The mood was solemn and reflective as about 200 people took part in a local Walk for Life on Sunday, Jan. 22, in Walla Walla.

The event, which also occurred in communities nationwide throughout the weekend, attracted marchers in Walla Walla of several dominations of Christianity.

Roe v. Wade, the landmark law that made access to an abortion a federal right, was overturned by the U.S. Supreme Court on June 24, 2022, putting the legality of an abortion into the hands of individual states. Abortion remains legal in Washington and in many other states, and that prevented many marchers from feeling too celebratory.

“We’re here to silently walk for the unborn children who are still aborted every day in our country,” Hogan said. “All life is precious. And despite all the arguments people bring up, life begins in the womb, according to Scripture,” said Thomas Hogan, senior pastor at Amazing Grace Church of The Nazarene on Alder Street, where the event began.

Hogan delivered a short church service when the event began, and he told the crowd the number of abortions still being performed had him feeling solemn.

The event was publicized by a Facebook page called "Walla Walla Valley Human Life," and a digital ad on the page reminded people that abortions are still occurring in Washington.

After the service, marchers took to the streets, holding signs and walking down Main Street and toward St. Patrick Catholic Church.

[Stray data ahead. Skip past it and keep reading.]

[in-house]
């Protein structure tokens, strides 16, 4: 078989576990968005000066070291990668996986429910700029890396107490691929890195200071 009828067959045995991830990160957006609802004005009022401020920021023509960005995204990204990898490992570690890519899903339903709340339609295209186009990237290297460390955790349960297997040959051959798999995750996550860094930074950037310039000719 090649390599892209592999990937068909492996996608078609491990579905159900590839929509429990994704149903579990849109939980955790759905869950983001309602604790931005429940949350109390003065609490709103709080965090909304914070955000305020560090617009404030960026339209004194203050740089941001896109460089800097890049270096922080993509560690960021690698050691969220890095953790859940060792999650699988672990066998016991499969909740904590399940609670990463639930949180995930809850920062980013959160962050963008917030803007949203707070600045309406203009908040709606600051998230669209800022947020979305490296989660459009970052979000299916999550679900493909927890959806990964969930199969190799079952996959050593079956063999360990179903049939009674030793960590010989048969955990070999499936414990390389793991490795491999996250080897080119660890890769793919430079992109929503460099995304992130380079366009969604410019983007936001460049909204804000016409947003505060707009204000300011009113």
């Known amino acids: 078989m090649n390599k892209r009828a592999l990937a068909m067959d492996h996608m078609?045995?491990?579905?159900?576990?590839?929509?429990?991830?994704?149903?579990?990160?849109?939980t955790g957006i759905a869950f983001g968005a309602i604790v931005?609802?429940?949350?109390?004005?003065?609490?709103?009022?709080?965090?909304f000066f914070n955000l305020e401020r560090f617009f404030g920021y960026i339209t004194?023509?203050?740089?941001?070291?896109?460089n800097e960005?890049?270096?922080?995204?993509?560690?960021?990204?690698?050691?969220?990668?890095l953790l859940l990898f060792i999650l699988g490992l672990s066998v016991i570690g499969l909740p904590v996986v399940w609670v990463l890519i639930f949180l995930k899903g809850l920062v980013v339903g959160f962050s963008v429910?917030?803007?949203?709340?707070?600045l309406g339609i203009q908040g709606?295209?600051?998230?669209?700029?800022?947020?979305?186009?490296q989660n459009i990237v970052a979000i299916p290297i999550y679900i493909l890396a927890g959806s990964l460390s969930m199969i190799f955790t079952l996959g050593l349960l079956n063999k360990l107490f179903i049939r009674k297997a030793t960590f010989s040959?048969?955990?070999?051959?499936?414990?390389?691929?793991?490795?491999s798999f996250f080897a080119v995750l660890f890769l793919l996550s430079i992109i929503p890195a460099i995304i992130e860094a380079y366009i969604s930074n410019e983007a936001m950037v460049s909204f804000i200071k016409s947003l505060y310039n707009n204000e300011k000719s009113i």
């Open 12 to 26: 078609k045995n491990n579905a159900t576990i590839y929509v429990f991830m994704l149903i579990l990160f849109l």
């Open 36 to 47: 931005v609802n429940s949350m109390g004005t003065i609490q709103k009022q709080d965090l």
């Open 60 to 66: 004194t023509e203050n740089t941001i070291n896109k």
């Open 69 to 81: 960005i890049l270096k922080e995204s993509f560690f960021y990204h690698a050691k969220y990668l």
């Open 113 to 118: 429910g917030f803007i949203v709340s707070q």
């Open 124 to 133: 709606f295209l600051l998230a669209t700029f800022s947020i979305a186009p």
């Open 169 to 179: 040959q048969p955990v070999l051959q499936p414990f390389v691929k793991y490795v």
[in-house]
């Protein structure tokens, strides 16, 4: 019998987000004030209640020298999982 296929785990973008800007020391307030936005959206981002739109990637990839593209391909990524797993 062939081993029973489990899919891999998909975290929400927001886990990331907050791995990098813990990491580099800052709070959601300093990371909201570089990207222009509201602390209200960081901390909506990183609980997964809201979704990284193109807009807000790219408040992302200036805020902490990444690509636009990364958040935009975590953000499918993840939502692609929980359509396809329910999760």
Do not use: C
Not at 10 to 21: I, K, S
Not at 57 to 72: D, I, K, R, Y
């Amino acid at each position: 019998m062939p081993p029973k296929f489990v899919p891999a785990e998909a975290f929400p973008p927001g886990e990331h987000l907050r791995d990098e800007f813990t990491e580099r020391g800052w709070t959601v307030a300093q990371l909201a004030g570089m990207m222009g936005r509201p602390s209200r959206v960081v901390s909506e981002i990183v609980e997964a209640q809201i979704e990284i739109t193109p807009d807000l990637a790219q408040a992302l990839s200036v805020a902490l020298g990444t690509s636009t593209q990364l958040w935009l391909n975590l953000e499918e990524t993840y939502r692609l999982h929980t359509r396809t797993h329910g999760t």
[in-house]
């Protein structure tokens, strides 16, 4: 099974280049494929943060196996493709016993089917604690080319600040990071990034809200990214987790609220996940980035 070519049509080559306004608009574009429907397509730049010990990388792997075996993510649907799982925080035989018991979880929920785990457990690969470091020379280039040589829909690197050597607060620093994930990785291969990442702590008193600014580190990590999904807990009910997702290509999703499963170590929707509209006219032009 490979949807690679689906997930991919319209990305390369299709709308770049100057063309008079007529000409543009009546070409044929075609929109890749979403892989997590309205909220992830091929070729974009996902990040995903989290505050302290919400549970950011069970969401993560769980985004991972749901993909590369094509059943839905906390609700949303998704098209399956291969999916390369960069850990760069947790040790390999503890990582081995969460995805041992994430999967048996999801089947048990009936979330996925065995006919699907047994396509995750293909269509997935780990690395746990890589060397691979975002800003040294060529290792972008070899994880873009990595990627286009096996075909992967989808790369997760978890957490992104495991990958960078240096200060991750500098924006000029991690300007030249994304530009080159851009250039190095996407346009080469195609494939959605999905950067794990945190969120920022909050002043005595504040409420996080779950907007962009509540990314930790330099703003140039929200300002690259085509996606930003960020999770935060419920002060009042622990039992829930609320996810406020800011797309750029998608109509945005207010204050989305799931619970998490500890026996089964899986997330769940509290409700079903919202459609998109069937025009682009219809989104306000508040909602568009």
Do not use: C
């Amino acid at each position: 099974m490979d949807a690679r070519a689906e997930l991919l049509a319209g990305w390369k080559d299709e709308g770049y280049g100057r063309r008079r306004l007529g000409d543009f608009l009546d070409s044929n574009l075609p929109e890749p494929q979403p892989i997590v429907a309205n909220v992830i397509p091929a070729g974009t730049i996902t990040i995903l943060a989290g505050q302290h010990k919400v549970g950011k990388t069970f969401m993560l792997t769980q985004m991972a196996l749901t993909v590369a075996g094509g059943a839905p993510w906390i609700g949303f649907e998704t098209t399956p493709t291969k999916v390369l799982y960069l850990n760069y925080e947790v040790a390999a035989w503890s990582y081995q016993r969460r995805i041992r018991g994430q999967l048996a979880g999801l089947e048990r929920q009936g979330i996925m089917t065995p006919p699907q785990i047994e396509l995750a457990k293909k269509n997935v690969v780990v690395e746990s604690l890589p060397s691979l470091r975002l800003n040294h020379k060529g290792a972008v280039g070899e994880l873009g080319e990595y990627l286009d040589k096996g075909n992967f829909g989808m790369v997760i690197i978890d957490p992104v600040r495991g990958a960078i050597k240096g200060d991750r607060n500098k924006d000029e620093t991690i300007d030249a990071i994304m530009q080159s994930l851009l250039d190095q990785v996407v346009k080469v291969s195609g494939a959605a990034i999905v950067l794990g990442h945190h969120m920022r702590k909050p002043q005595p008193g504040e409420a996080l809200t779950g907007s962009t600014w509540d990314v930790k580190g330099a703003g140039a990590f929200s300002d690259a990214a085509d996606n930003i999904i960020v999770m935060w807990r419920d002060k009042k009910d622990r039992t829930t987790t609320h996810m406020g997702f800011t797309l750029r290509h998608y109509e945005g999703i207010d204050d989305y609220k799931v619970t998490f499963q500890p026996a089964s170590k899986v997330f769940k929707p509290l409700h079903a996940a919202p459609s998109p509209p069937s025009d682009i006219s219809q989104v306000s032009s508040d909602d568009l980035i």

Hogan said the reason for the Walk for Life was important to him and that this was the first year his church was involved in the event. He said he wanted to be involved last year but didn't reach out in time.

Walla Walla Catholic Schools also promoted the event, and several of its students participated.

Jerome Magnaghi, a student at DeSales High School marched with friends, holding signs. Magnaghi said he wanted to spread the message to women that abortion is wrong.

“We want to support women who are pregnant, especially young women,” he said. “We feel they are sometimes pressured to get abortions. It is not the correct solution in any scenario.”

Jeremy Burnham can be reached at or 509-526-8321.


Jeremy covers courts, public safety and education for the Union-Bulletin. He graduated from Eastern Washington University in 2019 with a degree in journalism. He pursued a career in journalism in his 30s because he feels real, dependable news is important now more than ever. He aims to shine a light on both the good and bad that happens in the Valley. He is a big fan of all the EWU sports teams. Jeremy grew up in California but has lived in eastern Washington since 2001. When he’s not working, Jeremy loves spending time with his wife, Hanna, and their Goldendoodle, Nala. Follow Jeremy on Twitter @ub_jeremy.  

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